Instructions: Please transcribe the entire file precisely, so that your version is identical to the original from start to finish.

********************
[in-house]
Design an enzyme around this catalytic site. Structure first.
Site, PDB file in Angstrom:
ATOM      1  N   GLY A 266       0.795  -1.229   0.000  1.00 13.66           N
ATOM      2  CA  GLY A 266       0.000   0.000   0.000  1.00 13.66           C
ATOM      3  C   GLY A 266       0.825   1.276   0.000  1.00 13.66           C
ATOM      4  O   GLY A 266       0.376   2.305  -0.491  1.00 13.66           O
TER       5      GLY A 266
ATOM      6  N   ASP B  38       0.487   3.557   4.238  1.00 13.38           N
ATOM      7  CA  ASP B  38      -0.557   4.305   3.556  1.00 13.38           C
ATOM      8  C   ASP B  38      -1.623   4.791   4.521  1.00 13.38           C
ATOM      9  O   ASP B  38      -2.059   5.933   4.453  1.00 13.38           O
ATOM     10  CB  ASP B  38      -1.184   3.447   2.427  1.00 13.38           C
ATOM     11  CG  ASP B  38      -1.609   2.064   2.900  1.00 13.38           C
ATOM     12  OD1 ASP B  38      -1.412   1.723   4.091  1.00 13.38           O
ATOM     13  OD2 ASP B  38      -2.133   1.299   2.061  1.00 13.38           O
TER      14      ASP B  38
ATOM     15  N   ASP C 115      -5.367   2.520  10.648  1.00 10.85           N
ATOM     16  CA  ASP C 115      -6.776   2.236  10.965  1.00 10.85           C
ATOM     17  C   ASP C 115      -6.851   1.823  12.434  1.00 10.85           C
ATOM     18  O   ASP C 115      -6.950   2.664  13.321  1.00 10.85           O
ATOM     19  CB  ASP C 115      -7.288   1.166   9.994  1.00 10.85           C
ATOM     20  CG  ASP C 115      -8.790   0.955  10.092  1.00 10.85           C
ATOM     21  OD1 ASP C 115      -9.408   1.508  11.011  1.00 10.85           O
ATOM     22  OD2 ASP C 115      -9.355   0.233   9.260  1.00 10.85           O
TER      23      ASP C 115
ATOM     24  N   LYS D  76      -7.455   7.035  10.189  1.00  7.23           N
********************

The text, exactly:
[in-house]
Design an enzyme around this catalytic site. Structure first.
Site, PDB file in Angstrom:
ATOM      1  N   GLY A 266       0.795  -1.229   0.000  1.00 13.66           N
ATOM      2  CA  GLY A 266       0.000   0.000   0.000  1.00 13.66           C
ATOM      3  C   GLY A 266       0.825   1.276   0.000  1.00 13.66           C
ATOM      4  O   GLY A 266       0.376   2.305  -0.491  1.00 13.66           O
TER       5      GLY A 266
ATOM      6  N   ASP B  38       0.487   3.557   4.238  1.00 13.38           N
ATOM      7  CA  ASP B  38      -0.557   4.305   3.556  1.00 13.38           C
ATOM      8  C   ASP B  38      -1.623   4.791   4.521  1.00 13.38           C
ATOM      9  O   ASP B  38      -2.059   5.933   4.453  1.00 13.38           O
ATOM     10  CB  ASP B  38      -1.184   3.447   2.427  1.00 13.38           C
ATOM     11  CG  ASP B  38      -1.609   2.064   2.900  1.00 13.38           C
ATOM     12  OD1 ASP B  38      -1.412   1.723   4.091  1.00 13.38           O
ATOM     13  OD2 ASP B  38      -2.133   1.299   2.061  1.00 13.38           O
TER      14      ASP B  38
ATOM     15  N   ASP C 115      -5.367   2.520  10.648  1.00 10.85           N
ATOM     16  CA  ASP C 115      -6.776   2.236  10.965  1.00 10.85           C
ATOM     17  C   ASP C 115      -6.851   1.823  12.434  1.00 10.85           C
ATOM     18  O   ASP C 115      -6.950   2.664  13.321  1.00 10.85           O
ATOM     19  CB  ASP C 115      -7.288   1.166   9.994  1.00 10.85           C
ATOM     20  CG  ASP C 115      -8.790   0.955  10.092  1.00 10.85           C
ATOM     21  OD1 ASP C 115      -9.408   1.508  11.011  1.00 10.85           O
ATOM     22  OD2 ASP C 115      -9.355   0.233   9.260  1.00 10.85           O
TER      23      ASP C 115
ATOM     24  N   LYS D  76      -7.455   7.035  10.189  1.00  7.23           N